Coping with Crisis – Mental Health and Violence

August 7, 2019

 

 

A diversionary tactic is a powerful tool to distract attention. It’s often used to derail or silence an issue rather than address it.

 

As I listened to President Donald Trump’s remarks following the weekend of murders in El Paso and Dayton, I heard a destructive and damaging diversion, with the President stating mental illness “pulls the trigger,” and referring to “mentally ill monsters.”

Photo credit Hannah Shook, Reshot

The President’s statements do two things. The first is to pull us from the serious conversations we need to have about mass shootings in America – there have already been 253 this year. Both our relationship with guns and the rise of hate speech (and action) are topics Americans must confront if we want to have more birthdays and graduations, and fewer vigils and memorials.

The second thing the President’s remarks do is to create a damaging and stigmatizing cloud over the one in five American adults who experience a mental health condition, including many people all around you right now. A vast, vast, majority of people with mental illness will never harm anyone. Even if we focus specifically on gun violence, statistics show 95-97% of gun violence is NOT caused by mental illness. In fact, people with serious mental illness are more likely to be victims themselves, rather than the other way around.

As we try and make sense from a situation that can’t make sense, it is easy to say, “How would anyone in their right mind do such a thing?” But there are a range of other factors and situations, combined with weaponry, that lead to mass shootings: alienation, radicalization, harboring grievances, feeling victimized, indifference to life. The FBI’s own examination of behavior leading up to shootings between 2000 and 2013 states, “Diagnosed mental illness is not a very specific predictor of violence of any type, let alone targeted violence.” And continues, “In short, declarations that all active shooters must simply be mentally ill are misleading and unhelpful.”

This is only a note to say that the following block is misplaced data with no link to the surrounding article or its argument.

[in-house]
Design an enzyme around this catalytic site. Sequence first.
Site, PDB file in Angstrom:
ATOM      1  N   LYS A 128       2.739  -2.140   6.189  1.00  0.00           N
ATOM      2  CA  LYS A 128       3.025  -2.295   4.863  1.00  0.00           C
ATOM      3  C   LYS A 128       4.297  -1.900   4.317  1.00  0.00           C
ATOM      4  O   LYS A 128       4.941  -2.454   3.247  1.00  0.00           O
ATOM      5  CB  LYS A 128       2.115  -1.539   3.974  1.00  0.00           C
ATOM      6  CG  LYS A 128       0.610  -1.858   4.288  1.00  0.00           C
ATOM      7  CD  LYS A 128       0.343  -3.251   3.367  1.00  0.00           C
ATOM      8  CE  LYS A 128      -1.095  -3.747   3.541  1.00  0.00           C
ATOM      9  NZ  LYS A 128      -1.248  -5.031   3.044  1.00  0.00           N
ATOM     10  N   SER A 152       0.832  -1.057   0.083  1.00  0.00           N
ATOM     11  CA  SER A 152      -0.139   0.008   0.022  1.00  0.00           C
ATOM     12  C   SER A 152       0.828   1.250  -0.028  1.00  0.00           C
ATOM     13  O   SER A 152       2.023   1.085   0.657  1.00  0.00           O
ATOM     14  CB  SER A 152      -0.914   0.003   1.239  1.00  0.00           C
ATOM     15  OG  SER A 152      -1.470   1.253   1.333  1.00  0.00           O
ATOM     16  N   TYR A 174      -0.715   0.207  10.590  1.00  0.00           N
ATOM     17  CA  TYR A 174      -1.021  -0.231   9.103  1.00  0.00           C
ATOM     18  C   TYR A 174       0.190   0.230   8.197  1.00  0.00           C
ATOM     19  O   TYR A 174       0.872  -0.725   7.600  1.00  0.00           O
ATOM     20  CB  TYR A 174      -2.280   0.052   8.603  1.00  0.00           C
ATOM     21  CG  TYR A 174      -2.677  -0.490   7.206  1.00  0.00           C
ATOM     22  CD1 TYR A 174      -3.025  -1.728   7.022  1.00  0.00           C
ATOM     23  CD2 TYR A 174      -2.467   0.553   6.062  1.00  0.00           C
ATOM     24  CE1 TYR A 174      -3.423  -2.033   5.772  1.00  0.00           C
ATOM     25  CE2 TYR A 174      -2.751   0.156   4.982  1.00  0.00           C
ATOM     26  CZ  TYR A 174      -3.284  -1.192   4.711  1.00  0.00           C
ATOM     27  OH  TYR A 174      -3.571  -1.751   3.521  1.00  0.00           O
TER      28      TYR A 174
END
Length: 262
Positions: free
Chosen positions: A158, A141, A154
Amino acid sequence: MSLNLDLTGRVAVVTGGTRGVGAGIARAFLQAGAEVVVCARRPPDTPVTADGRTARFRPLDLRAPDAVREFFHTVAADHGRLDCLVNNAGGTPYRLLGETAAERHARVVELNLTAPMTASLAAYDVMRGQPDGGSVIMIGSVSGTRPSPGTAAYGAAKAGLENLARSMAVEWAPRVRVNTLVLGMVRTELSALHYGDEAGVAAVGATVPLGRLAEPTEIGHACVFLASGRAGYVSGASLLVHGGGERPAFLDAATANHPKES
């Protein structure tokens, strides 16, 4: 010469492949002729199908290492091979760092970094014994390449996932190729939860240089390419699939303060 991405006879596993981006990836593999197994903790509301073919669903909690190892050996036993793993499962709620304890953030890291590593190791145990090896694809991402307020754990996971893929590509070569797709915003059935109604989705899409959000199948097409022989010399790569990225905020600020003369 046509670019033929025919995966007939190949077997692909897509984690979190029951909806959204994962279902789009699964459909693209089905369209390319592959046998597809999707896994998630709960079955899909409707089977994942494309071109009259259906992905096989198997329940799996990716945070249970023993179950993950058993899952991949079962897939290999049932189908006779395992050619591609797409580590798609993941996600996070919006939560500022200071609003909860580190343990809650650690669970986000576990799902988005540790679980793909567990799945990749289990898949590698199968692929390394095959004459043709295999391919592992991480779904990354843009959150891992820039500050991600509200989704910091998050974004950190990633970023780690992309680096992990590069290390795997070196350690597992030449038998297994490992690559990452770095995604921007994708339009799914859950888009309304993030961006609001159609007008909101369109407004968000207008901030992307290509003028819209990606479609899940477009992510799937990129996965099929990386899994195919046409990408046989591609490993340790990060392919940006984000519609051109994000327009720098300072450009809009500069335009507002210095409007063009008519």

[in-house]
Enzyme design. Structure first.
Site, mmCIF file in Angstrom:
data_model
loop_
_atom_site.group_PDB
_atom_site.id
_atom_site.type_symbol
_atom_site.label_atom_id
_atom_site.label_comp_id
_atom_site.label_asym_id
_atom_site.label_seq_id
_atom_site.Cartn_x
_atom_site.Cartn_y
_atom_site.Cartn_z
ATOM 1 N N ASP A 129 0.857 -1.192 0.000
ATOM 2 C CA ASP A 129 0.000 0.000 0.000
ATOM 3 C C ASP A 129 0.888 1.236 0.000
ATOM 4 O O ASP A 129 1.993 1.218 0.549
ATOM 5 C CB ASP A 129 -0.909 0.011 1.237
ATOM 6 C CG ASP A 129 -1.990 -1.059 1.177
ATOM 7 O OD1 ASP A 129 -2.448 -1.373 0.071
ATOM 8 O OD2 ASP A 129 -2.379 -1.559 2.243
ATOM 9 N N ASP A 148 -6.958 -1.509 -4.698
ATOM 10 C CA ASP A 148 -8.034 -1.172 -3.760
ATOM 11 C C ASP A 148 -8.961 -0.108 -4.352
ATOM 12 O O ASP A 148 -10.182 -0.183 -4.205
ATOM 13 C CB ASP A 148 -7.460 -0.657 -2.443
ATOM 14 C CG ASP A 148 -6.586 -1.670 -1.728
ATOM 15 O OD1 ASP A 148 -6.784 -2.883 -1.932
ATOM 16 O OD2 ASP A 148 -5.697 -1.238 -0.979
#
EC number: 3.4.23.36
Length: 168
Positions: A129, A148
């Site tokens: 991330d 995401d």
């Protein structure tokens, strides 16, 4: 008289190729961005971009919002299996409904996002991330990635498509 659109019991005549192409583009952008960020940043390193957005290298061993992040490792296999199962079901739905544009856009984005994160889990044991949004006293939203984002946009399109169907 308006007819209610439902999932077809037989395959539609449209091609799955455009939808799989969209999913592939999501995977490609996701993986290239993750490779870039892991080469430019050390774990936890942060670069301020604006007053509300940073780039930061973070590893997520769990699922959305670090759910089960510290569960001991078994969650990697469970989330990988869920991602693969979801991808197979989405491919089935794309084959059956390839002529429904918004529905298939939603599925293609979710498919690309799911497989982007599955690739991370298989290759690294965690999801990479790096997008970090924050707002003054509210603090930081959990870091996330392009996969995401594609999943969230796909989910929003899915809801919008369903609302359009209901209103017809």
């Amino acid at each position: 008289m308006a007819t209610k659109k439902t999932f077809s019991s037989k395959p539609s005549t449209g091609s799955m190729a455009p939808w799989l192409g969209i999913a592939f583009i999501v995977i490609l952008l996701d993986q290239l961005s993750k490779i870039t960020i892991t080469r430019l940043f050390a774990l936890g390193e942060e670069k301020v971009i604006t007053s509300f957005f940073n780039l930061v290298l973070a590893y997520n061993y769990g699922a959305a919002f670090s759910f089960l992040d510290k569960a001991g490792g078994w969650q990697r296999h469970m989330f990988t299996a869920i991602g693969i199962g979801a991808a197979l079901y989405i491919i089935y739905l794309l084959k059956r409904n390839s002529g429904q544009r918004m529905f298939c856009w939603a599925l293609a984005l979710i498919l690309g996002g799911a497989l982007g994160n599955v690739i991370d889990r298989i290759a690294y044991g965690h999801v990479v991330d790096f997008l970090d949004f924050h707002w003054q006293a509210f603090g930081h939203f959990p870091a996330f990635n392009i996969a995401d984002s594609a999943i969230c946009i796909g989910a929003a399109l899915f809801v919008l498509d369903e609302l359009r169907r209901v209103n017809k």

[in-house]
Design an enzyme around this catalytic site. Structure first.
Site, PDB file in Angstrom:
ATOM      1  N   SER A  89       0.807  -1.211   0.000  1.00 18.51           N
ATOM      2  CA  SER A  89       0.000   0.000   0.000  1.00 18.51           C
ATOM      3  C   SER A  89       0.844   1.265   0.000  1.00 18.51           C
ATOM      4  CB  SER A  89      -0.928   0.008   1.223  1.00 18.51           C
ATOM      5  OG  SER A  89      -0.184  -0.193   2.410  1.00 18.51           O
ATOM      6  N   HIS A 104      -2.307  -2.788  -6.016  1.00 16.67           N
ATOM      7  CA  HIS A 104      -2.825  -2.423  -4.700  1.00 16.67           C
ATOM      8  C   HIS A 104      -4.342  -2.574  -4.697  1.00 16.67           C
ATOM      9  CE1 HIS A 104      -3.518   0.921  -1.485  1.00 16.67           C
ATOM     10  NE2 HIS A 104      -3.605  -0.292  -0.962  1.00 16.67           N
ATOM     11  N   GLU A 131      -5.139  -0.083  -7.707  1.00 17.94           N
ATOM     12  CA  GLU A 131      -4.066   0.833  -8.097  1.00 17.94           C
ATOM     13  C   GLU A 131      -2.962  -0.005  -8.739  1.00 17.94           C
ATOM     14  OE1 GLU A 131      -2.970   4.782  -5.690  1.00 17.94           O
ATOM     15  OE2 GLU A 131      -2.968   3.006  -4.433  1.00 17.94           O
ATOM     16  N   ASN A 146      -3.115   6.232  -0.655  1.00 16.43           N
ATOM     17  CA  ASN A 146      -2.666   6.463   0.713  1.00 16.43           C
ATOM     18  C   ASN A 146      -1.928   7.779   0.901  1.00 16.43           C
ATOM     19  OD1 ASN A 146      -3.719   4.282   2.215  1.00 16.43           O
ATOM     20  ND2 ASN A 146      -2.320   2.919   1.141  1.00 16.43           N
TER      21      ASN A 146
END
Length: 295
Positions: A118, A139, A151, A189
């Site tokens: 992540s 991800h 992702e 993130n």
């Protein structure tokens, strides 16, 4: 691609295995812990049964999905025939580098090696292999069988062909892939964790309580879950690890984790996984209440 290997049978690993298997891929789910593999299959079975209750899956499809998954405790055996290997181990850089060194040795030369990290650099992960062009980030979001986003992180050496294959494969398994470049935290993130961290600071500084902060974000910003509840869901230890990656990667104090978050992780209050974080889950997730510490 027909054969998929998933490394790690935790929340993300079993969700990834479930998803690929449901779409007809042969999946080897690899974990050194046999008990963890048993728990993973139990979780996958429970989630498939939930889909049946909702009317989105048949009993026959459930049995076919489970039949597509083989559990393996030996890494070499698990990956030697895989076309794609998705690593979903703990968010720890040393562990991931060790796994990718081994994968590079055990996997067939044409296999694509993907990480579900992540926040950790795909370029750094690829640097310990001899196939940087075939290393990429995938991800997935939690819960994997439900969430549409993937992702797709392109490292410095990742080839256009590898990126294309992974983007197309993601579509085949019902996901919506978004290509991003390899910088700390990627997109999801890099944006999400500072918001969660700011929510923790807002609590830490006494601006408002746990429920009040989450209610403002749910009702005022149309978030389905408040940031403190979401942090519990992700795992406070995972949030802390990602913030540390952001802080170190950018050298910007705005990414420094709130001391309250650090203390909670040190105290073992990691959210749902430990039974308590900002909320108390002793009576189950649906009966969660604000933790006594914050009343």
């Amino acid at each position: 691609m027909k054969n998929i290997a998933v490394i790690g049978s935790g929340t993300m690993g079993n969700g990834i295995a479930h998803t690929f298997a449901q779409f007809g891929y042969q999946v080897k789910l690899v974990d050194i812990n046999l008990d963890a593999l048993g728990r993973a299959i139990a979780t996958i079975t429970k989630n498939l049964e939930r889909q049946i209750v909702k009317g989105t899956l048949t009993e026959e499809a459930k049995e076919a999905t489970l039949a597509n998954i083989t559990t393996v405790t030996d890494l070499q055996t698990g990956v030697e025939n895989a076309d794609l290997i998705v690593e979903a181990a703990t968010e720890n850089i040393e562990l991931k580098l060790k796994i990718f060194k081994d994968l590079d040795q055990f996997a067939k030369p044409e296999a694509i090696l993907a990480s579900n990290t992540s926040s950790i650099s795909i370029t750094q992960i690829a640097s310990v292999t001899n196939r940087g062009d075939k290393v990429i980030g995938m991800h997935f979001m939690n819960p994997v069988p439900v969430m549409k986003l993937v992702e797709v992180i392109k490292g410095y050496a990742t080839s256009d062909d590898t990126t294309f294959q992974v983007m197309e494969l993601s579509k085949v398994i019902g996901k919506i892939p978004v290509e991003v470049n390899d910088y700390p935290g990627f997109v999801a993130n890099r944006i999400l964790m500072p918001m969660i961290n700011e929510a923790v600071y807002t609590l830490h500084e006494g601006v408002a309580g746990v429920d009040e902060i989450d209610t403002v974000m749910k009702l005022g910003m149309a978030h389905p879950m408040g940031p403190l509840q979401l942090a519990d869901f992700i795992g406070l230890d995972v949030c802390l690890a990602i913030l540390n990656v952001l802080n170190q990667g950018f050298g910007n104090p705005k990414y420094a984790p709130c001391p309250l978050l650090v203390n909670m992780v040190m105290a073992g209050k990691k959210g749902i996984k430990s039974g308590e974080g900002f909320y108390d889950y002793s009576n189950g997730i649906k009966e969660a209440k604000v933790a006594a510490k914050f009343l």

That’s not to say that mental illness has no role. Untreated mental health conditions lead to a whole range of suffering, much of it avoidable if there was better access to behavioral healthcare. High costs, insufficient insurance coverage, limited options, long waits, and social stigma are just a few of the significant barriers facing people who want to help. Better access could help those in danger of committing violence, as well as those who are not.

There is one thing President Trump said that I whole-heartedly agree with, “But there is so much more that we have to do.” There is. Let’s get started.

 

– Erin Peters,   Executive Director of The Northwest Catholic Counseling Center